As with other UXA's the method chosen has a lot to do with the outcome desired and where the project is in its design cycle. Given that, methods are selected best suited to the research problem which most times ends up being a combination of implicit, explicit and creative. Some methods include:

  • Interviews: both structured and un-structured.
  • Diary Studies [17]
  • Workload assessment questionnaires (i.e. DALI –Driving Activity Load Index adapted from NASA-TLX)
  • Subjective assessment of interfaces questionnaires (i.e. SASSI- Subjective Assessment of Speech System Interfaces[18] ) that can lead to design guidelines to speech interfaces[13]
  • Experience Probing (Prototypes, storytelling, storyboards)
  • Co-Design Activities
  • Observations (i.e. coding for frustration, delight and other non-verbal cues)

Video Games[edit]

A relatively new pursuit in video game play-testing is UX and usability research. An increasing number of companies including some of the world's biggest publishers have begun outsourcing UX evaluation or opening their own in-house labs.[19][20][21] Researchers use a variety of HCI and psychological techniques to examine the effectiveness of the user experience of the games during the design process.[22]

There are also some companies starting to use biometrics to scientifically measure the relationship between in-game events and the player's emotions and feelings (the UX), such as Player Research and Serco ExperienceLab in the UK,[23][24] and Valve Software, Electronic Arts, BoltPeters, and VMC Labs in the USA and Canada.[25][26][27][28] The interest in this area comes from both academia and industry, sometimes enabling collaborative work.[29][30] Game UX work has been featured at professional venues, such as the Game Developers Conference (GDC)[31][32]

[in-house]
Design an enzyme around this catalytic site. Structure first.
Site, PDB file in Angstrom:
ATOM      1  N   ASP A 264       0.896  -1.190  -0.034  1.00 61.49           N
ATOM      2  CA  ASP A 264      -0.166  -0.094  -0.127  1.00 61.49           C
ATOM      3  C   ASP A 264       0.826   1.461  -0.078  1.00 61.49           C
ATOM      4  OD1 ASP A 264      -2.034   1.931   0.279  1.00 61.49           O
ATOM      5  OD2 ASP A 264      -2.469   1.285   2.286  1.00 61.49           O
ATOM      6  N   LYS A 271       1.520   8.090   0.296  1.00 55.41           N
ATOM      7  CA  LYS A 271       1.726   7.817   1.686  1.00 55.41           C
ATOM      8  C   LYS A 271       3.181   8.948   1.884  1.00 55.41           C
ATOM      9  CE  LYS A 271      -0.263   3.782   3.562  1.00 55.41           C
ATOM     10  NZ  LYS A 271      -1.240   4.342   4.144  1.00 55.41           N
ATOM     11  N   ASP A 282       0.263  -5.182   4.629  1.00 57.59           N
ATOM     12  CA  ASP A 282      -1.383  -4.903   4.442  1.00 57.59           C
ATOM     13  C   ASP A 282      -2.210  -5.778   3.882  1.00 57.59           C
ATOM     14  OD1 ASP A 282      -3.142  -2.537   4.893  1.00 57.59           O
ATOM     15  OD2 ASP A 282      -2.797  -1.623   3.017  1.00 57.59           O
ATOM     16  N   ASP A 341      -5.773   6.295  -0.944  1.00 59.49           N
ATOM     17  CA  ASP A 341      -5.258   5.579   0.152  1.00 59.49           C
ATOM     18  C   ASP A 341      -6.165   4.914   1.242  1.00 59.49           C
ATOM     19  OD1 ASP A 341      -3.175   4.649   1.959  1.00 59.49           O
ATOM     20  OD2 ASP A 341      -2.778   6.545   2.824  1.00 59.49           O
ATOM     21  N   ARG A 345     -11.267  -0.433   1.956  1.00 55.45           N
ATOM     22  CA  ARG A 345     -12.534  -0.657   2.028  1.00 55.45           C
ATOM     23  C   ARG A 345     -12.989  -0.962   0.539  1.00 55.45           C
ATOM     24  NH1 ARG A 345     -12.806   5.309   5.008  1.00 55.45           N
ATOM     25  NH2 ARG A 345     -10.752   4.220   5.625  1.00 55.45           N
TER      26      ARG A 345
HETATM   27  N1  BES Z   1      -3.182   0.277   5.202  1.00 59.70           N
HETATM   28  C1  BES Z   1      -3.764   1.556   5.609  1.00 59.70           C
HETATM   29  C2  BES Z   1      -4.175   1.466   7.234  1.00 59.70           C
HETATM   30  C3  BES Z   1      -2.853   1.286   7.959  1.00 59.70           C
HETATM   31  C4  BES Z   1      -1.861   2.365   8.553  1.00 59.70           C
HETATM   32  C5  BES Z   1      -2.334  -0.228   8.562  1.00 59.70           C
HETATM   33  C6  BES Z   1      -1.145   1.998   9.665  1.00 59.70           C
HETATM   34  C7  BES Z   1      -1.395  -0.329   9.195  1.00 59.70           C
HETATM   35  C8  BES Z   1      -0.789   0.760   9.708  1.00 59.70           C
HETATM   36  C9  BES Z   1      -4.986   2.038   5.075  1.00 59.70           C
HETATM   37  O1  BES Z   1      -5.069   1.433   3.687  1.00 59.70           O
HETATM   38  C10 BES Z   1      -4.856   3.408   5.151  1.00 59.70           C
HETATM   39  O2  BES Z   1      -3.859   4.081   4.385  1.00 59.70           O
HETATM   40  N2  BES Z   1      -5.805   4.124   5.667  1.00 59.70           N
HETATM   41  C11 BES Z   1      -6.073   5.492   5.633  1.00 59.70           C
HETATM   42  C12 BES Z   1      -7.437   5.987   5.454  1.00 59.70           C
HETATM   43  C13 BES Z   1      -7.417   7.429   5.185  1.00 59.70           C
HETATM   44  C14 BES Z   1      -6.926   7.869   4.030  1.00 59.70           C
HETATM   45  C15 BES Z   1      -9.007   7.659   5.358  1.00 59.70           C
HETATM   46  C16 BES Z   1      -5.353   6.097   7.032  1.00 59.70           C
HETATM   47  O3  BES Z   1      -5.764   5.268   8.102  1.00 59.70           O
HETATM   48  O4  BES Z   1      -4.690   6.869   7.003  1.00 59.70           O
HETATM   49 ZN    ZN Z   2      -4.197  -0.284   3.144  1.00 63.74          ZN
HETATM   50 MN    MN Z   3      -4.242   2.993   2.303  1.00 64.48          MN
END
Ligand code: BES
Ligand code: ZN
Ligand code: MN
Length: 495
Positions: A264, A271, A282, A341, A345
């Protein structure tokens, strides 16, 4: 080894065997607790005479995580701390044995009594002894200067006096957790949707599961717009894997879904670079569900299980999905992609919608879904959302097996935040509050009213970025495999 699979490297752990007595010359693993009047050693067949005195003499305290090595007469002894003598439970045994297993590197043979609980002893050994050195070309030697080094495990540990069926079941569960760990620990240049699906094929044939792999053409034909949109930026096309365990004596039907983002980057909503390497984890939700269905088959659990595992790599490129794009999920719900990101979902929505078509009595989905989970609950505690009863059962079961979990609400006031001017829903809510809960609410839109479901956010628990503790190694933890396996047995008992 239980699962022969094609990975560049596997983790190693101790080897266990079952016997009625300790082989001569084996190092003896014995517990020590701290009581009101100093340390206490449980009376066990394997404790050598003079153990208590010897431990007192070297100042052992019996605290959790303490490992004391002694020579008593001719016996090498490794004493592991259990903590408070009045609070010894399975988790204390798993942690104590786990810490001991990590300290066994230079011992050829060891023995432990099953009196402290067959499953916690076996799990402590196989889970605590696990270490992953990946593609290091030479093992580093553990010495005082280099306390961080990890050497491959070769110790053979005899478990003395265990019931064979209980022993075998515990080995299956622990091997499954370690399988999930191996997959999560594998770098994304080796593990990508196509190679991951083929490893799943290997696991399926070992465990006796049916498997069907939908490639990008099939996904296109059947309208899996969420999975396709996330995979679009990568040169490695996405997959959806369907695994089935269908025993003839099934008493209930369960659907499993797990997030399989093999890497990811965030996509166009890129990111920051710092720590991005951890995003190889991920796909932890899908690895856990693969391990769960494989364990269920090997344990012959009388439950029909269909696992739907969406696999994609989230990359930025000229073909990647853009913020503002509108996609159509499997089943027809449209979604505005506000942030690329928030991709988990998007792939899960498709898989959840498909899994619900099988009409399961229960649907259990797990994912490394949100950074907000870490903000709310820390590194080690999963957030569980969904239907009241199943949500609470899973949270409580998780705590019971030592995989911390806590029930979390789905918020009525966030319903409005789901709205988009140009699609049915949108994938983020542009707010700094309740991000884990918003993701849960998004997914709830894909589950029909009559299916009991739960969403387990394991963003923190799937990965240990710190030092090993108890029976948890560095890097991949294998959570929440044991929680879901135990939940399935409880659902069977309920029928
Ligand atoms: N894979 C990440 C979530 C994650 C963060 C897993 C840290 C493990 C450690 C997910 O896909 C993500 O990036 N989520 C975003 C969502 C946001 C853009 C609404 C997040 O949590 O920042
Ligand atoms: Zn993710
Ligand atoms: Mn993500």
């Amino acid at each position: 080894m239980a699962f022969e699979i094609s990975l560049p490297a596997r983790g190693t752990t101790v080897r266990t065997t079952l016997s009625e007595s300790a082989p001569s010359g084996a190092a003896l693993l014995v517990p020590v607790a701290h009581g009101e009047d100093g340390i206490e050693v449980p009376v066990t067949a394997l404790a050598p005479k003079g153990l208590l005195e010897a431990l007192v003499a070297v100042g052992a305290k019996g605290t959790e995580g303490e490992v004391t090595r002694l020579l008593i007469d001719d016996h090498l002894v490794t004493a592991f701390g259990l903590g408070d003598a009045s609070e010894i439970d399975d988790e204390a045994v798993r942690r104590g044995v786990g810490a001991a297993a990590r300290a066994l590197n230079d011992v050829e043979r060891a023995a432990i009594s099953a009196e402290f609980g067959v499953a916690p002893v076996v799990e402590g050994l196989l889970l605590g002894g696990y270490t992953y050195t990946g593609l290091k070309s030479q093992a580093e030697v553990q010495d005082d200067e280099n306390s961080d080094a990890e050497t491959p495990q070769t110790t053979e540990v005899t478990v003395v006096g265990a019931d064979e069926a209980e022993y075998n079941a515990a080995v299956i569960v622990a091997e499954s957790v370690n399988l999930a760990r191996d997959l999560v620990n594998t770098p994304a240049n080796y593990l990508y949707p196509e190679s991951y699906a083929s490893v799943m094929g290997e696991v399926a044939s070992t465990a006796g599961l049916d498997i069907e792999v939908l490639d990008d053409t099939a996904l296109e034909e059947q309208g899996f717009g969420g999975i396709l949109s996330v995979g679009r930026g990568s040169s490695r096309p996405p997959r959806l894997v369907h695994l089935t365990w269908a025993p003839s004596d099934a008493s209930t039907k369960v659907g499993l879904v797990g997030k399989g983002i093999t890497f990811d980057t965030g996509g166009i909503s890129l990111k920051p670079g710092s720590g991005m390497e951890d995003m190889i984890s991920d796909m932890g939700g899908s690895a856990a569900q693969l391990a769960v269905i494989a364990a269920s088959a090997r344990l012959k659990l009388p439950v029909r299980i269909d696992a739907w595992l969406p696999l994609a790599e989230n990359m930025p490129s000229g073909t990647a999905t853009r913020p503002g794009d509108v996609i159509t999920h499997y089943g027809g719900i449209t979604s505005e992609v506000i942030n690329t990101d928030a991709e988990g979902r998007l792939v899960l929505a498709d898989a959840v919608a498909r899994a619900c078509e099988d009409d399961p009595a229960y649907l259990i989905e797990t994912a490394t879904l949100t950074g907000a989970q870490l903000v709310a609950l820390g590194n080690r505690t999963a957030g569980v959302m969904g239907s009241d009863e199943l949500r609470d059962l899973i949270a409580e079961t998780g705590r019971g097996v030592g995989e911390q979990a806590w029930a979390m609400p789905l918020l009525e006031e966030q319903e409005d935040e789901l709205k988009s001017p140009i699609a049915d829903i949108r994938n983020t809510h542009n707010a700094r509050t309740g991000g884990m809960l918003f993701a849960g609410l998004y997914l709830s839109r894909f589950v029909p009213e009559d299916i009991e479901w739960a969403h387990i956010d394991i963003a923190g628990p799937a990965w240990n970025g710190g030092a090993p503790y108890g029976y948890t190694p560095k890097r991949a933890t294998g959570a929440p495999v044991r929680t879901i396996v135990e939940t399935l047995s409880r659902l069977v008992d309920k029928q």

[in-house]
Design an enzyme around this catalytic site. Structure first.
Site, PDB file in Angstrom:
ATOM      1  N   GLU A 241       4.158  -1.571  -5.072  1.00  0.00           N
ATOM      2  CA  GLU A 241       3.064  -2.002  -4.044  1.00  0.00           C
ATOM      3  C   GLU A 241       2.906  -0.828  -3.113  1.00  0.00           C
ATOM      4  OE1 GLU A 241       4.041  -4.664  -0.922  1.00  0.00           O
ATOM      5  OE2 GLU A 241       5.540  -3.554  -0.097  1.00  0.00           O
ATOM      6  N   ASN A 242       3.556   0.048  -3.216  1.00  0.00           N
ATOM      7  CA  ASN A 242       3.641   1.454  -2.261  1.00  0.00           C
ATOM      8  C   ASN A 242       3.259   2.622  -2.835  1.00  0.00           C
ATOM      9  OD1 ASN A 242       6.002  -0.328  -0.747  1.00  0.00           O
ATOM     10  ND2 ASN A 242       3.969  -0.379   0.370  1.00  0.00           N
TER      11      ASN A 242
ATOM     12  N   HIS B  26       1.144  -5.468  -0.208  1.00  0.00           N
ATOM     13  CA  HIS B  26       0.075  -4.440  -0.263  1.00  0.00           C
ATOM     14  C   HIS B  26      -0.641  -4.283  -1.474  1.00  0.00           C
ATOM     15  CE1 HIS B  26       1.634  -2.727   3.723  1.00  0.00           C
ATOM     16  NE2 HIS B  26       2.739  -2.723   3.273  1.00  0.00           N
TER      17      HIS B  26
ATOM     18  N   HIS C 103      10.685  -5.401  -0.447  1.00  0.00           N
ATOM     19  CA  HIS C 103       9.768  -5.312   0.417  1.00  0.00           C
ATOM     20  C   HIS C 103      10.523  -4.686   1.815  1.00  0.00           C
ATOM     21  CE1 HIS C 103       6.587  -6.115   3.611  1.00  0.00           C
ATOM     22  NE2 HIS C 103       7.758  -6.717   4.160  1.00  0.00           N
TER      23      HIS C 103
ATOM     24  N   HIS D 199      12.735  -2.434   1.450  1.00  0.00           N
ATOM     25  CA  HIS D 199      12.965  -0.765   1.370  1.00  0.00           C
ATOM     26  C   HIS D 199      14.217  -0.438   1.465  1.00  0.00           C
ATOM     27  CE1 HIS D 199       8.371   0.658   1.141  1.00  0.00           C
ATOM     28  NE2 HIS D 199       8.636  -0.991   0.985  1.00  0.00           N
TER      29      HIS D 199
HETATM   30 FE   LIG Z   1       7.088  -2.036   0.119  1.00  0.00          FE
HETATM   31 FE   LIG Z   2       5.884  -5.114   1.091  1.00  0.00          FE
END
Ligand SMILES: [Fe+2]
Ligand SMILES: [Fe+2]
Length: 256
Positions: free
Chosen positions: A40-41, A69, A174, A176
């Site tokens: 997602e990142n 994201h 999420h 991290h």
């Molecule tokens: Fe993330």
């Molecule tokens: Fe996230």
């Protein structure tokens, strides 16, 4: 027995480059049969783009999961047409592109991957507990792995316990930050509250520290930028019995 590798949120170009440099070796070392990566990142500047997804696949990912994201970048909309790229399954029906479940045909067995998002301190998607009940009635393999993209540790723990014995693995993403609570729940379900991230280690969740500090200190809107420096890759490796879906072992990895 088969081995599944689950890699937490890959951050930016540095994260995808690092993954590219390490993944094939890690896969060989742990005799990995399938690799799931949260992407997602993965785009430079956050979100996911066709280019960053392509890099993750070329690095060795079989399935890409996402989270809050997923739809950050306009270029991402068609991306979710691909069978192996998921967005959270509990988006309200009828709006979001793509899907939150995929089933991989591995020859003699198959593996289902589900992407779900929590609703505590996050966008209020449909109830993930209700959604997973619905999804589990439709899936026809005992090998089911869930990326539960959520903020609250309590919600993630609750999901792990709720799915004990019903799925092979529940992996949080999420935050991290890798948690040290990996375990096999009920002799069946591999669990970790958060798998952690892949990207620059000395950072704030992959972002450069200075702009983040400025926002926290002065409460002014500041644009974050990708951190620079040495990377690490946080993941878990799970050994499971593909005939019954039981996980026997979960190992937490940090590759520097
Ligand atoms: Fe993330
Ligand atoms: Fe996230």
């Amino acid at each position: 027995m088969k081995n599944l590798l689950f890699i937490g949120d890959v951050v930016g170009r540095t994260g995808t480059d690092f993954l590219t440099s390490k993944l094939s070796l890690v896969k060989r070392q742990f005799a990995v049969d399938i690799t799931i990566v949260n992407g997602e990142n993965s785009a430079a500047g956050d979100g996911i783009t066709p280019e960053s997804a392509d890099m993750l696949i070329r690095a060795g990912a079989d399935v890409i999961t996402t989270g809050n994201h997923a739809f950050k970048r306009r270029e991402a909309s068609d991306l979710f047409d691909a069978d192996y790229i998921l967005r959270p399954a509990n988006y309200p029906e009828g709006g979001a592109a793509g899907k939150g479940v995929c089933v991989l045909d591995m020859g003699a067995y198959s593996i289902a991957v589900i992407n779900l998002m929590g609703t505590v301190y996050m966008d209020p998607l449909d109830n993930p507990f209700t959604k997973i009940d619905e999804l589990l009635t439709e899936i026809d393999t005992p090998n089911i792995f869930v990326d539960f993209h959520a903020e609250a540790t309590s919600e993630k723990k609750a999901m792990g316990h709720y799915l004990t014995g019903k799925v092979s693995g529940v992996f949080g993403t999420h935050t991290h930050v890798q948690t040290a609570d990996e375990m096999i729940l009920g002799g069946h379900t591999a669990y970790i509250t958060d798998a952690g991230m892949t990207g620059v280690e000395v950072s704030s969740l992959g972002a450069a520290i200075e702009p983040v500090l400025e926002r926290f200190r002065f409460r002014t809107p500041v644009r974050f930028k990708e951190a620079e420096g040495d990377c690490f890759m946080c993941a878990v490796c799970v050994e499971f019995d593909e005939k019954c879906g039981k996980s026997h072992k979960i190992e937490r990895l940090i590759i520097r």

See also[edit]

References[edit]

  1. ^ Law, E., Roto, V., Hassenzahl, M., Vermeeren, A., Kort, J.: Understanding, Scoping and Defining User Experience: A Survey Approach. In Proceedings of Human Factors in Computing Systems conference, CHI’09. 4–9 April 2009, Boston, MA, USA (2009)
  2. ^ Moshagen, M. & Thielsch, M. T. (2010). Facets of visual aesthetics. In: International Journal of Human-Computer Studies, 68 (10), 689–709.
  3. ^ Baenziger, T., Tran, V. and Scherer,K.R. (2005) ‘‘The EmotionWheel. A Tool for the Verbal Report of Emotional Reactions’’, poster presented at the conference of the International Society of Research on Emotion, Bari, Italy.
  4. ^ Laurans, G., Desmet, P.M.A., & Hekkert, P.P.M. (2009). The emotion slider: a self-report device for the continuous measurement of emotion. Proceedings of the 2009 International Conference on Affective Computing and Intelligent Interaction. Amsterdam, The Netherlands.
  5. ^ Isbister, K., Höök, K., Sharp, M., and Laaksolahti, J. 2006. The sensual evaluation instrument: developing an affective evaluation tool. In Proceedings of the SIGCHI Conference on Human Factors in Computing Systems (Montréal, Québec, Canada, 22–27 April 2006). CHI '06. ACM, New York, NY, 1163–1172
  6. ^ Desmet, P.M.A., Overbeeke, C.J., Tax, S.J.E.T. (2001). Designing products with added emotional value: development and application of an approach for research through design. The Design Journal, 4(1), 32–47.
  7. ^ Bolger, N., Davis, A., & Rafaeli, E. (2003). Diary methods: Capturing life as it is lived. Annual Review of Psychology, 54, 579–616.
  8. ^ Csikszentmihalyi M, Larson R. (1987). Validity and reliability of the Experience-Sampling Method. Journal of Nervous and Mental Diseases. Sep 1987;175(9):526–536.
  9. ^ Kahneman, D., Krueger, A., Schkade, D., Schwarz, N., and Stone, A. (2004). A Survey Method for Characterizing Daily Life Experience: The Day Reconstruction Method. Science. 306:5702, pp. 1776–780.